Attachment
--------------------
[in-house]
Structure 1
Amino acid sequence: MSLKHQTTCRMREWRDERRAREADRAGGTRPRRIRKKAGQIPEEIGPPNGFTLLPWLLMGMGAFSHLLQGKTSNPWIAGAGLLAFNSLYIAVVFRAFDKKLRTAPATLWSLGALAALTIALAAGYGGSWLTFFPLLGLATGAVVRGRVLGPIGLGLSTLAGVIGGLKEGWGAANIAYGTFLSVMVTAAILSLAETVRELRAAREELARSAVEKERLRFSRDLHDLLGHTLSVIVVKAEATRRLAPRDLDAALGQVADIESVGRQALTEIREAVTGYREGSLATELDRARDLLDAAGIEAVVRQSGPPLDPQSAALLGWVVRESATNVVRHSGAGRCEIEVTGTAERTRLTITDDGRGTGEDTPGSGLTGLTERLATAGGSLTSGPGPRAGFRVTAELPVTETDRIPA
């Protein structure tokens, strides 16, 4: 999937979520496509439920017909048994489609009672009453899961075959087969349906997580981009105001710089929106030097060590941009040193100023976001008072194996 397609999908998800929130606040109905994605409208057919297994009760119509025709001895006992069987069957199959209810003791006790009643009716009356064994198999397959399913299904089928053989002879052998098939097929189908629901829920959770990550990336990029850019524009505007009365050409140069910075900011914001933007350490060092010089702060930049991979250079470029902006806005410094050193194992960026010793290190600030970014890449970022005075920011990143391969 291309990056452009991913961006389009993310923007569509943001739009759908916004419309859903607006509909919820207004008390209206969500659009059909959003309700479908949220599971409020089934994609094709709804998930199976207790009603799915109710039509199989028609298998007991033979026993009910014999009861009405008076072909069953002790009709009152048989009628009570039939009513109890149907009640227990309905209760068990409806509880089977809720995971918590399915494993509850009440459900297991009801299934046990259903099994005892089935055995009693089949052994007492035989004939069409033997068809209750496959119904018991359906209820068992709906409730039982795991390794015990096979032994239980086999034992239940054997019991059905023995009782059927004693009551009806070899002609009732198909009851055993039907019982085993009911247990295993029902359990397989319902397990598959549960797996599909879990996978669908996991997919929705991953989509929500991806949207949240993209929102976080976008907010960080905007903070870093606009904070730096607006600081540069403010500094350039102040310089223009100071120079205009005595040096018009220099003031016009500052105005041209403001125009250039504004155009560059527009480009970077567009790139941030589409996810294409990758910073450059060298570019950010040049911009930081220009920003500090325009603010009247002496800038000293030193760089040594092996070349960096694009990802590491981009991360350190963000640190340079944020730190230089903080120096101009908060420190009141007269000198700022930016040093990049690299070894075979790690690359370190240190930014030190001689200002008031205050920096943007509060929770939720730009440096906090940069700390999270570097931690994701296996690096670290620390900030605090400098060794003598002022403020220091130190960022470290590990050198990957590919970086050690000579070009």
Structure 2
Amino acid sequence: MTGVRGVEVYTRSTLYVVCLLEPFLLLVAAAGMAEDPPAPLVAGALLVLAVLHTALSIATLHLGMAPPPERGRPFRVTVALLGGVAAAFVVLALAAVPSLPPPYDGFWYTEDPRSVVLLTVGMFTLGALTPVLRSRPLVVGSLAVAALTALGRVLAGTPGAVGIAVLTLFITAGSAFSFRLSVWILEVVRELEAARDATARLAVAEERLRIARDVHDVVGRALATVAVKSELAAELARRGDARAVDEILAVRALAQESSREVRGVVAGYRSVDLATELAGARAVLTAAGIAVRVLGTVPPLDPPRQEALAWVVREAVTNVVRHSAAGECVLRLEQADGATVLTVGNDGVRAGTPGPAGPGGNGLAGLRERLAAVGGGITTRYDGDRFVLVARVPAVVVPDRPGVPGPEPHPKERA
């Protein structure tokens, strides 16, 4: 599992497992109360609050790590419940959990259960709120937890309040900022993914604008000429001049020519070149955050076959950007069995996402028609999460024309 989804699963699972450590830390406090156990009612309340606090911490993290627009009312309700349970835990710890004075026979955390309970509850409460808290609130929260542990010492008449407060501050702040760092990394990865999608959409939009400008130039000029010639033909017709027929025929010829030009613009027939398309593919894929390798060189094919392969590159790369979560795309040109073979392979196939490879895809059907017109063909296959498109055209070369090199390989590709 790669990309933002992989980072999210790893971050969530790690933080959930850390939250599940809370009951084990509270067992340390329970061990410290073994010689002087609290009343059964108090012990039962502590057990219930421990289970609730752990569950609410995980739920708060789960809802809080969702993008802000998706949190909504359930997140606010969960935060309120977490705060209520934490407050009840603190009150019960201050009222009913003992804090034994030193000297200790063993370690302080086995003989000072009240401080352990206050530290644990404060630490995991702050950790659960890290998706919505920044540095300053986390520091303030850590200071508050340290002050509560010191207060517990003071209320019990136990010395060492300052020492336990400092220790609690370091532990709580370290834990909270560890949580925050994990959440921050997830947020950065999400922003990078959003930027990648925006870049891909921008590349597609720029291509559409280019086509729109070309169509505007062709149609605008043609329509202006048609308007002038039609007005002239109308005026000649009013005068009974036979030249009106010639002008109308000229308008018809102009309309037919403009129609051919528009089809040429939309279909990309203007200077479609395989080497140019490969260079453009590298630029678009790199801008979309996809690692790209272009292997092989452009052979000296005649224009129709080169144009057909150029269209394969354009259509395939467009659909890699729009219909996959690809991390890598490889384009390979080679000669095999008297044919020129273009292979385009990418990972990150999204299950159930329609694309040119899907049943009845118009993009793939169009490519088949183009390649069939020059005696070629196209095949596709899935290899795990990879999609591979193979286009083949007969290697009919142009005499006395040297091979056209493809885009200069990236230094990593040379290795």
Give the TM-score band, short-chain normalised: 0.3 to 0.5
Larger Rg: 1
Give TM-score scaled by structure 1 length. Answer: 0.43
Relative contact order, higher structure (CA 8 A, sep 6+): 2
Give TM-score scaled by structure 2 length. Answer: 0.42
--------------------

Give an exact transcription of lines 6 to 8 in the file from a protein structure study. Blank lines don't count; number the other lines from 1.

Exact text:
Amino acid sequence: MTGVRGVEVYTRSTLYVVCLLEPFLLLVAAAGMAEDPPAPLVAGALLVLAVLHTALSIATLHLGMAPPPERGRPFRVTVALLGGVAAAFVVLALAAVPSLPPPYDGFWYTEDPRSVVLLTVGMFTLGALTPVLRSRPLVVGSLAVAALTALGRVLAGTPGAVGIAVLTLFITAGSAFSFRLSVWILEVVRELEAARDATARLAVAEERLRIARDVHDVVGRALATVAVKSELAAELARRGDARAVDEILAVRALAQESSREVRGVVAGYRSVDLATELAGARAVLTAAGIAVRVLGTVPPLDPPRQEALAWVVREAVTNVVRHSAAGECVLRLEQADGATVLTVGNDGVRAGTPGPAGPGGNGLAGLRERLAAVGGGITTRYDGDRFVLVARVPAVVVPDRPGVPGPEPHPKERA
């Protein structure tokens, strides 16, 4: 599992497992109360609050790590419940959990259960709120937890309040900022993914604008000429001049020519070149955050076959950007069995996402028609999460024309 989804699963699972450590830390406090156990009612309340606090911490993290627009009312309700349970835990710890004075026979955390309970509850409460808290609130929260542990010492008449407060501050702040760092990394990865999608959409939009400008130039000029010639033909017709027929025929010829030009613009027939398309593919894929390798060189094919392969590159790369979560795309040109073979392979196939490879895809059907017109063909296959498109055209070369090199390989590709 790669990309933002992989980072999210790893971050969530790690933080959930850390939250599940809370009951084990509270067992340390329970061990410290073994010689002087609290009343059964108090012990039962502590057990219930421990289970609730752990569950609410995980739920708060789960809802809080969702993008802000998706949190909504359930997140606010969960935060309120977490705060209520934490407050009840603190009150019960201050009222009913003992804090034994030193000297200790063993370690302080086995003989000072009240401080352990206050530290644990404060630490995991702050950790659960890290998706919505920044540095300053986390520091303030850590200071508050340290002050509560010191207060517990003071209320019990136990010395060492300052020492336990400092220790609690370091532990709580370290834990909270560890949580925050994990959440921050997830947020950065999400922003990078959003930027990648925006870049891909921008590349597609720029291509559409280019086509729109070309169509505007062709149609605008043609329509202006048609308007002038039609007005002239109308005026000649009013005068009974036979030249009106010639002008109308000229308008018809102009309309037919403009129609051919528009089809040429939309279909990309203007200077479609395989080497140019490969260079453009590298630029678009790199801008979309996809690692790209272009292997092989452009052979000296005649224009129709080169144009057909150029269209394969354009259509395939467009659909890699729009219909996959690809991390890598490889384009390979080679000669095999008297044919020129273009292979385009990418990972990150999204299950159930329609694309040119899907049943009845118009993009793939169009490519088949183009390649069939020059005696070629196209095949596709899935290899795990990879999609591979193979286009083949007969290697009919142009005499006395040297091979056209493809885009200069990236230094990593040379290795």
Give the TM-score band, short-chain normalised: 0.3 to 0.5